The Adaptation Game

One of the most exciting things about producing our upcoming audio drama anthology Synesthesia Theatre is having the chance to adapt work I’ve already done to a new format. Much of what I write touches on the fantastic, and translating it into a cinematic format would require a substantial effects budget. It’s far easier and more affordable to present through audio.


This is definitely the case with Iron Horses Can’t Be Broken. Explosions, galvanic engines, hot air balloon fights, ancient clockwork siege engines…

That’s one of the most vital skills when writing and producing audio. Learning how to use sound to plant suggestions in the mind of your listeners.

Audio vs Literature vs Film

It’s vital to understand the strengths and weaknesses of each media if you’re going to flit between them as a creator. I come from a background as an author, and what prose does very well is immerse you in the headspace of your viewpoint characters. Your words can put the reader in the mind of your protagonist; you know what it’s like to be what they’re being.

It’s very intimate.

Film, on the other hand, lacks that intimacy. Film is about the visual. Ideally, with film, you can tell the story without any dialog. Film is about directing the eye, about showing, not telling. While the writing and sound design of course matter, film is all about the cinematography. Playing with light and color and perspective to create art.

Audio is the opposite. Dialog is the most vital part of an audio production, and you need to write it with a particular brand of cleverness where you can tell the audience everything they need to know, while still sounding natural and organic. When possible, you can use sound effects to cut out some of that expository dialog; blow a train whistle, and no character has to exclaim that the train has arrived.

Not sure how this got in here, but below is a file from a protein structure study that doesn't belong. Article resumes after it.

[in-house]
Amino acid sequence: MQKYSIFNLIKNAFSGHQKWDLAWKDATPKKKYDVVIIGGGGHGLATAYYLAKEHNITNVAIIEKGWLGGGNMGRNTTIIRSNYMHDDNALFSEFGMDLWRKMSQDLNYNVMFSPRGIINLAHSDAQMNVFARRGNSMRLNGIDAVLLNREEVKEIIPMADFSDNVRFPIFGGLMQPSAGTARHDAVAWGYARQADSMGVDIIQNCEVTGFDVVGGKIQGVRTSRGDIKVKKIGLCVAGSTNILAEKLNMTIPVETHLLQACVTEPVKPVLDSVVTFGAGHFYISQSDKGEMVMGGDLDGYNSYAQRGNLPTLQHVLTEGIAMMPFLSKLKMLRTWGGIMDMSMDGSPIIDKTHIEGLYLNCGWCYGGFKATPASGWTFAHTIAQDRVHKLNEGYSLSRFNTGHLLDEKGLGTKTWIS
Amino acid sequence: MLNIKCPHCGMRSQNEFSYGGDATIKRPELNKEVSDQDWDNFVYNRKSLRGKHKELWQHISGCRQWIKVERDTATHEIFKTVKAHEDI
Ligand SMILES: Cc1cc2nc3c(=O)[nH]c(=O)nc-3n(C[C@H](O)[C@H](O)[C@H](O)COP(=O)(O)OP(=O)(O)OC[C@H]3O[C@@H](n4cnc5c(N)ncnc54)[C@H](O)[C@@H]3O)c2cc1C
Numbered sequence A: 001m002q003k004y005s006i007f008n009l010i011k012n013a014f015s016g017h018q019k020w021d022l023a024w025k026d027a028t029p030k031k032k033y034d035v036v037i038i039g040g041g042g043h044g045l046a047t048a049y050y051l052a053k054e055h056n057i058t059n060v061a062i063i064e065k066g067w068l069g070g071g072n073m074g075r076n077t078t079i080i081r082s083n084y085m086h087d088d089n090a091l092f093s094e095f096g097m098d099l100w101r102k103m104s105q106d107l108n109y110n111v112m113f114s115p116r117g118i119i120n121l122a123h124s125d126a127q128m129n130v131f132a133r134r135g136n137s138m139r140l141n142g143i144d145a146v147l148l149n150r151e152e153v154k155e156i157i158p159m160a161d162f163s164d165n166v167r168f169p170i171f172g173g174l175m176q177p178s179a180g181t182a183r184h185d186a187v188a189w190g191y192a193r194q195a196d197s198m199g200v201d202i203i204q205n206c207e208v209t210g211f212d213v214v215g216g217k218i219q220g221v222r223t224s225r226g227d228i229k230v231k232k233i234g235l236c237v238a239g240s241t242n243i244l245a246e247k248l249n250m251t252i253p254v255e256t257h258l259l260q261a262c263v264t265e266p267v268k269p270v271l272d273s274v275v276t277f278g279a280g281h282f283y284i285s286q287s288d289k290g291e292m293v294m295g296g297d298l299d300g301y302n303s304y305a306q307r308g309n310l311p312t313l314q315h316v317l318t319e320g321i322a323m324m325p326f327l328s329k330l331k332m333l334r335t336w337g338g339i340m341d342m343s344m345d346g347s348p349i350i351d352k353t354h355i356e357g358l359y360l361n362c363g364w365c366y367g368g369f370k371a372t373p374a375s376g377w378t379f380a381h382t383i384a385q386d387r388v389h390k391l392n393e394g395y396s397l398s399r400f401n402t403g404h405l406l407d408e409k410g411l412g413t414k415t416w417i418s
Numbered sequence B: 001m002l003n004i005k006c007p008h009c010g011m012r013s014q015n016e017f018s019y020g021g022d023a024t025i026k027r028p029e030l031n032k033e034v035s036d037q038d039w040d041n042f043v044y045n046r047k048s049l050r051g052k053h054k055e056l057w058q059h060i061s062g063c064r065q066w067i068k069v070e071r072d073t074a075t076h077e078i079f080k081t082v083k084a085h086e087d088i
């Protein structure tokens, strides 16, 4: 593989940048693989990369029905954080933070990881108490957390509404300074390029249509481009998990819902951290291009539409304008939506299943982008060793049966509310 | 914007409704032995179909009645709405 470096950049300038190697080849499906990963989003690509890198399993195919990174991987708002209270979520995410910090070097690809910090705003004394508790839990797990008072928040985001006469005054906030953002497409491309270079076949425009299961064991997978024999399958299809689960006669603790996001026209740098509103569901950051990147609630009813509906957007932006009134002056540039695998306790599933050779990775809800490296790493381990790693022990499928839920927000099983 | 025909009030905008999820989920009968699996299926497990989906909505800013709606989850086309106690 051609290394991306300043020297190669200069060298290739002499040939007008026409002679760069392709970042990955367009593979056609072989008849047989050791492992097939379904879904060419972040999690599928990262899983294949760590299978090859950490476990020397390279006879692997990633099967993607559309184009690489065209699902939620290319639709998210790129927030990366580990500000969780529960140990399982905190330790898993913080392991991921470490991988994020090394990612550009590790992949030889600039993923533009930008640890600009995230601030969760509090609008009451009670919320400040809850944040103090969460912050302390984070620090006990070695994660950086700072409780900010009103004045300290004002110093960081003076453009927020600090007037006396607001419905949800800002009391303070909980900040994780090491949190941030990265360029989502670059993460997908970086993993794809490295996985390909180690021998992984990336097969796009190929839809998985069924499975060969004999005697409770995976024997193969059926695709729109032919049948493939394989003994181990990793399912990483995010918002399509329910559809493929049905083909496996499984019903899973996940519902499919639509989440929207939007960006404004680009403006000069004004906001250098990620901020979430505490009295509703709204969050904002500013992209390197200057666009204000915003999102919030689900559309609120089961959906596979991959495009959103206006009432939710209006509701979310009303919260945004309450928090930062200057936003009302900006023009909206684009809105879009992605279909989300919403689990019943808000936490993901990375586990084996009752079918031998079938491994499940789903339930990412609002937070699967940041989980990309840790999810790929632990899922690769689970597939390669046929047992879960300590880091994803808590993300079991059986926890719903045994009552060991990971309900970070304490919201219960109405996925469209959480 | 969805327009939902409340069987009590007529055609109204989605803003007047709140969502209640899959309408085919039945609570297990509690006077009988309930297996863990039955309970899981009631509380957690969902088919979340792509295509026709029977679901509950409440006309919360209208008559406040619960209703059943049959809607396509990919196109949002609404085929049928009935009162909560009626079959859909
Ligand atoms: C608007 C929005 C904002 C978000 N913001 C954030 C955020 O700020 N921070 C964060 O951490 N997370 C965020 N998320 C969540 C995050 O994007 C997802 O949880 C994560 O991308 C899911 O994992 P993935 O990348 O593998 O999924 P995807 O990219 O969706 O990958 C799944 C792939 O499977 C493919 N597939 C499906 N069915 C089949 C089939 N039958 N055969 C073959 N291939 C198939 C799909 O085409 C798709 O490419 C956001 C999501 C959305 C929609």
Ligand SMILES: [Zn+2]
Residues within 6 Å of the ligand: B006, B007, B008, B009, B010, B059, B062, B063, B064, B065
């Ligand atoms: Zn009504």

It requires a light touch and a keen sense of the impressions you’re creating. Moreso than literature and film, audio requires the writer and producer to be able to step aside and forget about all the story parts the audience won’t know in order to judge how effective they’re being.

I’m pleased to say that I’ve been able to make the transition smoothly.

The Adaptation Process

With Iron Horses I first wrote the novel’s rough draft, set it aside, then approached it with an eye for audio. My challenge was to present all of the character’s internal life in an external way without making it sound ridiculous. An easy solution would have been to include noirish voice-overs, but that device didn’t fit a steampunk western.

Instead, I came up with additional ways to infer the same information when possible, sometimes by expanding the spoken dialog, other times through carefully selected sound effects.

But it’s fast. I wasn’t prepared for how fast the writing goes when it’s all laid out for you. Some segments require little more than a format change.

What’s Next

It’ll take me a few days to wrap up the writing, and then we’ll be ready to cast our voice actors. We’ll be using our film experience to break down the script into easy-to-produce chunks, recording it out of order based on the logistics of getting each scene’s actors around the microphone. Most scenes only require two or three actors, some will need more.

Production should be quick. Post production may take a bit longer, but we’re coming up with our own efficient processes as we go.

Either way, it’s been an exciting process so far, and is about to get even more amazing.

About Michael Coorlim

Michael Coorlim is an author and producer for the Chicago film production company Burning Brigid.

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